The “Ambiguous” Client This client uses vague terms or terms that have more than one possible meaning to describe their project. The problem with the ambiguous client is that unless you pay careful attention, what they define as a “simple translation” can prove to be a translation from difficult to read fax copies of Power Point slides instead of an electronic Word file.
The “Manipulative” Client
Many clients feel that each transaction has to be a power struggle. When you accept a project from the manipulative client, you will find that the client feels this entitles them to a thousand and one little extras that were not detailed in the work agreement for the translation project.
The “Reactive” Client The reactive client wants you to be their counselor as well as their freelance translator. They constantly interrupt your work, bringing in new aspects to the work assignment based on the current events of their life, i.e., they are experiencing personal financial problems, which means that they cannot pay you on schedule or they want you to discount your price.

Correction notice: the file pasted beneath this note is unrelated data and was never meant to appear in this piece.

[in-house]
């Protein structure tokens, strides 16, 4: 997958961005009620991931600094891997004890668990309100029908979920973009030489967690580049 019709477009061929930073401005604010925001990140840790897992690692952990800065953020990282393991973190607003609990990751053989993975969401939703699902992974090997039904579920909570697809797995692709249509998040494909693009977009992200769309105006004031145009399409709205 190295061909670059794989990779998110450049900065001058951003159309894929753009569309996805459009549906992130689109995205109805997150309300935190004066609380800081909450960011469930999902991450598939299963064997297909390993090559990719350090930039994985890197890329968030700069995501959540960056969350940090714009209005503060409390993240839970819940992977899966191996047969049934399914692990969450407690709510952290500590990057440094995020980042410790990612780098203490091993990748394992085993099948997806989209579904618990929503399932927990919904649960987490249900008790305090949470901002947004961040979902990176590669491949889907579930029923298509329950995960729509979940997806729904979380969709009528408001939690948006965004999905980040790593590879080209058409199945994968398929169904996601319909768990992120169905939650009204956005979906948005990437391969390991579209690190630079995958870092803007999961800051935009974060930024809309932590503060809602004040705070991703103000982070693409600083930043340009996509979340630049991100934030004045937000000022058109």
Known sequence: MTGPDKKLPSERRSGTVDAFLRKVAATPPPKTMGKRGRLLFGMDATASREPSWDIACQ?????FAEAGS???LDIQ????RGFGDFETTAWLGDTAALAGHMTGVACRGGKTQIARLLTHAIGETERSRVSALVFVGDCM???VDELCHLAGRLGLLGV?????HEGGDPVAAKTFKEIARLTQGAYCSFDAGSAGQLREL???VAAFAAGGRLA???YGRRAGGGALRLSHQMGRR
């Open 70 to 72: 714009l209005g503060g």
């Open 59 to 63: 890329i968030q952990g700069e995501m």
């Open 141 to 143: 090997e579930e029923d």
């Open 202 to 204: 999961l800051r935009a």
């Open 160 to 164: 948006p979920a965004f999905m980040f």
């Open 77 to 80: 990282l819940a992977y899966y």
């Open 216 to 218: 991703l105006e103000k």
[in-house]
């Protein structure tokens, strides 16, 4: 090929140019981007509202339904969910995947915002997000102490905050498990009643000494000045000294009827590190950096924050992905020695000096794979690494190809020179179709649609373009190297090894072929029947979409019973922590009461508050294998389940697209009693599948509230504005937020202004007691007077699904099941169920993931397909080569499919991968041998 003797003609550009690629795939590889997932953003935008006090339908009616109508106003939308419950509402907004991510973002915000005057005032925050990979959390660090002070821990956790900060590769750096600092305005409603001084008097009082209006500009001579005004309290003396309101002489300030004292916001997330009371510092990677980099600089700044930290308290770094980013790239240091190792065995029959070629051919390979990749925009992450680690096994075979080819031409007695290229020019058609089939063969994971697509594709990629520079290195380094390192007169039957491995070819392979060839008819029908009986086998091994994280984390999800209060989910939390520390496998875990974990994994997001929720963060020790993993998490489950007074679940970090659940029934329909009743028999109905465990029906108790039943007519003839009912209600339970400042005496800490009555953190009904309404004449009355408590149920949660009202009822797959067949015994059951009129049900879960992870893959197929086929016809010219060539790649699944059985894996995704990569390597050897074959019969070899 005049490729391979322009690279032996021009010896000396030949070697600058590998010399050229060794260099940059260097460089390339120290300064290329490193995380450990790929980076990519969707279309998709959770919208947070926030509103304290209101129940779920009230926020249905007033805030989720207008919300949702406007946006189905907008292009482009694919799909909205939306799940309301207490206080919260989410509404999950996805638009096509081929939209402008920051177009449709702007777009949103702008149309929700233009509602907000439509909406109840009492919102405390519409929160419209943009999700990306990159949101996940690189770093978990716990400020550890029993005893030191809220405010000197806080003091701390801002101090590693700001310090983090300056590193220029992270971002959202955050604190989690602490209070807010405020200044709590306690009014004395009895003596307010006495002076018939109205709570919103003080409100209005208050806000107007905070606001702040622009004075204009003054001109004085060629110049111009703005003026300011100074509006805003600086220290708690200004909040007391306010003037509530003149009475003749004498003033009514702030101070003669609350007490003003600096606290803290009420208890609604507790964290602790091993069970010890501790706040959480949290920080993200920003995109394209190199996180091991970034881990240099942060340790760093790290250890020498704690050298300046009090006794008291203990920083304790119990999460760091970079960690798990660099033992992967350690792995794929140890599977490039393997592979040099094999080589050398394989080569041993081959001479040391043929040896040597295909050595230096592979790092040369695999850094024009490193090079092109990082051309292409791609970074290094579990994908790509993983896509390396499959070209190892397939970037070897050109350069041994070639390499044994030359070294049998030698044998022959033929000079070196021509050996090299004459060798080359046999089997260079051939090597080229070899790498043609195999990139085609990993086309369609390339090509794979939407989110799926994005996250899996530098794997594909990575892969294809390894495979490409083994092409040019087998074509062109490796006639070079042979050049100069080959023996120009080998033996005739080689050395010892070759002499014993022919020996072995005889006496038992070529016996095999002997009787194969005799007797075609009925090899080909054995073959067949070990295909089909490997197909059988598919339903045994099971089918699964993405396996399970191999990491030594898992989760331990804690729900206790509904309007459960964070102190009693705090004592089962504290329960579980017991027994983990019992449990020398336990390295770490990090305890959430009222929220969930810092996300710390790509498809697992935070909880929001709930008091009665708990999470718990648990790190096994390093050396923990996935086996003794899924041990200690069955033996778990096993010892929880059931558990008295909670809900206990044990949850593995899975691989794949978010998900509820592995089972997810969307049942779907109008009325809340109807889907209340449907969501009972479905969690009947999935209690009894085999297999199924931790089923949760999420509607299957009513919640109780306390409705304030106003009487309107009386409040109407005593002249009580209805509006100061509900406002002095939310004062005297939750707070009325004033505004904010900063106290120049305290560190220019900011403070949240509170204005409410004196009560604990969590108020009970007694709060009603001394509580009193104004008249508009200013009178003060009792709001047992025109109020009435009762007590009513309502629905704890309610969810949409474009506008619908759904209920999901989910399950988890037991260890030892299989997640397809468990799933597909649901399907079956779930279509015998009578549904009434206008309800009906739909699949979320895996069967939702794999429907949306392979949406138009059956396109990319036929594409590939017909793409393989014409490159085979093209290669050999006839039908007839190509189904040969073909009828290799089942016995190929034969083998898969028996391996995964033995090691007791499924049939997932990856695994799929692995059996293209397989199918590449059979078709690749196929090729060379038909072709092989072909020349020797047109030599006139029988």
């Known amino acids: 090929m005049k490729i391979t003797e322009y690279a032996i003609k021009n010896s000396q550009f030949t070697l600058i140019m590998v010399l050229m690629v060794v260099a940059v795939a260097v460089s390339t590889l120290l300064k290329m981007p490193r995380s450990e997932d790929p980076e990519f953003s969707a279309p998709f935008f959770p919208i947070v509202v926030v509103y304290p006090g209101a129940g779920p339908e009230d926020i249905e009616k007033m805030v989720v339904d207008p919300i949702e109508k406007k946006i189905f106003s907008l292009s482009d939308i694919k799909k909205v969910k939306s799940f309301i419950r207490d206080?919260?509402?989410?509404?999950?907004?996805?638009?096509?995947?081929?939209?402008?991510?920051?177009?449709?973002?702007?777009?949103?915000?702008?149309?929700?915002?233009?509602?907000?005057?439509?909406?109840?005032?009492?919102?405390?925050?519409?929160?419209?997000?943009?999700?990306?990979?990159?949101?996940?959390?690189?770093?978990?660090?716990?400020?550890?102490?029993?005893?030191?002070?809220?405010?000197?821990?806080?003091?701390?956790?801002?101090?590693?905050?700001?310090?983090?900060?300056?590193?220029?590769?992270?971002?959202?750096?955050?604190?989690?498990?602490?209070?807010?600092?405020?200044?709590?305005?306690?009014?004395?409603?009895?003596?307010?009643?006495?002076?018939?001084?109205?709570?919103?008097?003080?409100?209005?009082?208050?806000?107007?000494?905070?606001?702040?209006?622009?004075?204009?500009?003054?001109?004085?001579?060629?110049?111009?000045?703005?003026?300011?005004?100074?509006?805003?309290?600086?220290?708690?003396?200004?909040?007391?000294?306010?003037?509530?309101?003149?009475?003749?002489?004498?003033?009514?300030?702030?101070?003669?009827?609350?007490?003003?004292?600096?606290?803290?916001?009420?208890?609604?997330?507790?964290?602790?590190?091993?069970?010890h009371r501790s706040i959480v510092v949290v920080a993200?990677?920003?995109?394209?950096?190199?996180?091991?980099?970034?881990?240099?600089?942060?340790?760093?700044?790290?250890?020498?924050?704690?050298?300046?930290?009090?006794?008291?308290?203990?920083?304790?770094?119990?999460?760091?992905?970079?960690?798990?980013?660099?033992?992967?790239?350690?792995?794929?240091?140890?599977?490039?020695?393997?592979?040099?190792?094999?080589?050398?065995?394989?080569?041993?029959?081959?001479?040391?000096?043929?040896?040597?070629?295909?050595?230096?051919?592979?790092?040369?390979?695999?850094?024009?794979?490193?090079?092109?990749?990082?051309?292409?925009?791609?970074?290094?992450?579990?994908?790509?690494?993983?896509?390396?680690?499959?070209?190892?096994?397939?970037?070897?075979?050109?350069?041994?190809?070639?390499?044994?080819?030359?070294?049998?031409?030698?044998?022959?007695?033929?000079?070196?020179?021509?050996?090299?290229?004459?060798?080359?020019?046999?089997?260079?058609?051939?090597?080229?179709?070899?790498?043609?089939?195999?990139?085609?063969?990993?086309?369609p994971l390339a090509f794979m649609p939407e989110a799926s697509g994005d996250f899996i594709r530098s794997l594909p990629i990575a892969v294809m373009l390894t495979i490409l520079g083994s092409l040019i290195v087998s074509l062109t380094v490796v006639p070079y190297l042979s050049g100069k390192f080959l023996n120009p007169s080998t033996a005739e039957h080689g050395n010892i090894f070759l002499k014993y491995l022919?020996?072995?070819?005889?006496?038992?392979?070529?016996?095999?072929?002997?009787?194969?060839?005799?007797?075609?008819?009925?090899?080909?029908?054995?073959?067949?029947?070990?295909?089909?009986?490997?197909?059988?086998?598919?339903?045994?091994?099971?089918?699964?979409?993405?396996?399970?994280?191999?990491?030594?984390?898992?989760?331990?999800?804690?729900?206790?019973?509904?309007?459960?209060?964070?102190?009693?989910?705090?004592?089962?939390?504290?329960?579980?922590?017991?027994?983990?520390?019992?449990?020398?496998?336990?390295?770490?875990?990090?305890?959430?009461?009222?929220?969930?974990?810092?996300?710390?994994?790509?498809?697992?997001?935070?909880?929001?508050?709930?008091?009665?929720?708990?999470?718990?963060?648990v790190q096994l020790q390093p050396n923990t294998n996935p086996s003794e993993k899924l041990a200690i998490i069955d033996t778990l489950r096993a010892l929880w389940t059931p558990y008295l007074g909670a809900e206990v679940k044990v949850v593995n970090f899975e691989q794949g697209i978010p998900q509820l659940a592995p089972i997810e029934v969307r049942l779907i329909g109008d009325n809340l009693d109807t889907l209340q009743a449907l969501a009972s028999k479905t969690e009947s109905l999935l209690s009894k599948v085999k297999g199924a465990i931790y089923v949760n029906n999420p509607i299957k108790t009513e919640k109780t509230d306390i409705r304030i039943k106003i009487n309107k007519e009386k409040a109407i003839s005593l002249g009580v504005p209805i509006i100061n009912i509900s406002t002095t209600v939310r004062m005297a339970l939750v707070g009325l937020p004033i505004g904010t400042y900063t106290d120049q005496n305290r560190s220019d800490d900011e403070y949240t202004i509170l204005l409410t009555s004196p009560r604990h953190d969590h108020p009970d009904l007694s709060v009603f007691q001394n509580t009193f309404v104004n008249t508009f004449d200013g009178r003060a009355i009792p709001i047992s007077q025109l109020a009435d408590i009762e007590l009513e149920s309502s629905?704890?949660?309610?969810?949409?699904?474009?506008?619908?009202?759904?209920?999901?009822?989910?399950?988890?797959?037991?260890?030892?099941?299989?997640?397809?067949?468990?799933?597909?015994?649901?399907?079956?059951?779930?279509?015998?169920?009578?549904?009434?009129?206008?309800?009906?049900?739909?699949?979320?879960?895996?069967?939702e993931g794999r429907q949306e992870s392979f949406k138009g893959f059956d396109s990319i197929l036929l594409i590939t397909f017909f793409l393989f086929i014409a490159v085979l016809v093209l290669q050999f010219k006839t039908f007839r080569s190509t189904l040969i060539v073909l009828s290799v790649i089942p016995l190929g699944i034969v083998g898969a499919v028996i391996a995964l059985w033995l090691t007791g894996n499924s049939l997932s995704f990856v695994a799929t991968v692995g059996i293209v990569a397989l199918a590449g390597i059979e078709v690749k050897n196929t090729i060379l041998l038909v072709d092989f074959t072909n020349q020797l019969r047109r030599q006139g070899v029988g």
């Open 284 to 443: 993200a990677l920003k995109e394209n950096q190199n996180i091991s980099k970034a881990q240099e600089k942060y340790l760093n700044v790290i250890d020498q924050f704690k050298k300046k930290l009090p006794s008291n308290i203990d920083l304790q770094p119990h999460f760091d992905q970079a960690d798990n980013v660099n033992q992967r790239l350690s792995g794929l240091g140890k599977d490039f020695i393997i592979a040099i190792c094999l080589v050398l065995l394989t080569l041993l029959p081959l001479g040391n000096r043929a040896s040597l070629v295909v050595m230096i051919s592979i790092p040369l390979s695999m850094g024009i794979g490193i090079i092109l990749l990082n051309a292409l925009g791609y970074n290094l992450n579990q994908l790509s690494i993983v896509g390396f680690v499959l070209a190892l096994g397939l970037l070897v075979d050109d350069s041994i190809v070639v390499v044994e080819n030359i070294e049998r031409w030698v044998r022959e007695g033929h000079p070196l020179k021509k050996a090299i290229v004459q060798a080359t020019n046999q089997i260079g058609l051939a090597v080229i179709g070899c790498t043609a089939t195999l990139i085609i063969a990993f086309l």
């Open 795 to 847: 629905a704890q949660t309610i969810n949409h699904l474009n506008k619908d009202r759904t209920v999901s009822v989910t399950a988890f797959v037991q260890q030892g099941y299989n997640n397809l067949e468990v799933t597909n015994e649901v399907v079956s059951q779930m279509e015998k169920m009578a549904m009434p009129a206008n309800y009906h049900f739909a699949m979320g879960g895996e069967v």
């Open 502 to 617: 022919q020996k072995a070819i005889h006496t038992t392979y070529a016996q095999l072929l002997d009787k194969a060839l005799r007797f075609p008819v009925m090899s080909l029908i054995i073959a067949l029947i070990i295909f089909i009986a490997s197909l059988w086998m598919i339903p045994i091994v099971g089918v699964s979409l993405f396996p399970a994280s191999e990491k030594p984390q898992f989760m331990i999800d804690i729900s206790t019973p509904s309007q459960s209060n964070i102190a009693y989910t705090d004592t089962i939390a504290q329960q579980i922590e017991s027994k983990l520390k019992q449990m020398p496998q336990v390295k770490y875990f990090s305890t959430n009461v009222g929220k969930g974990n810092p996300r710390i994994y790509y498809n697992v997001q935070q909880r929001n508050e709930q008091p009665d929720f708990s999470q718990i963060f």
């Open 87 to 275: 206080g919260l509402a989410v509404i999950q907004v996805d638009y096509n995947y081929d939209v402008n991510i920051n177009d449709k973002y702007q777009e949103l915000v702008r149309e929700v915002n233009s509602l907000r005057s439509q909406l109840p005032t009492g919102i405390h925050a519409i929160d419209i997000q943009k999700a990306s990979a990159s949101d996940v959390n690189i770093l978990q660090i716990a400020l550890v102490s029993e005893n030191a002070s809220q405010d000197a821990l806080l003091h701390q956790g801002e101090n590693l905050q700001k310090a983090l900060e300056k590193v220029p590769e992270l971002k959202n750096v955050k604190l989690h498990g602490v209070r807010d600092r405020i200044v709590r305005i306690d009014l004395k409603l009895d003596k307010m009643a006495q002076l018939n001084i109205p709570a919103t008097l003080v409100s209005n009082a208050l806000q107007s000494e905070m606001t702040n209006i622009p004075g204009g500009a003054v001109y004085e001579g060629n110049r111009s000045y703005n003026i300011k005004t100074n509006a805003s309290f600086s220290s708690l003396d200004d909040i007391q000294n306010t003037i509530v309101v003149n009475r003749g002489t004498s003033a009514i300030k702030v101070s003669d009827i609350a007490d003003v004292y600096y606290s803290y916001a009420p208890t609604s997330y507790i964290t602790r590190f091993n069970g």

The “Temperamental” Client
When you work with a temperamental client, there will be the frustration that comes with constant changes in the project description. Maybe it starts off with the end use of the translation, or it could be format output or even the deadline. This client makes it impossible to work in a consistent manner because they cannot make a firm decision.
The “Instant Amnesia” Client
The work agreement was created with this type of client, who will give you instructions regarding the work and then when they see the result of their instructions is not to their liking, will immediately develop “instant amnesia”; saying they don’t remember giving the instructions. Conclusion Make sure your definition of the terms, scope of work, delivery format and date are in writing to avoid the problems these types of clients can bring you.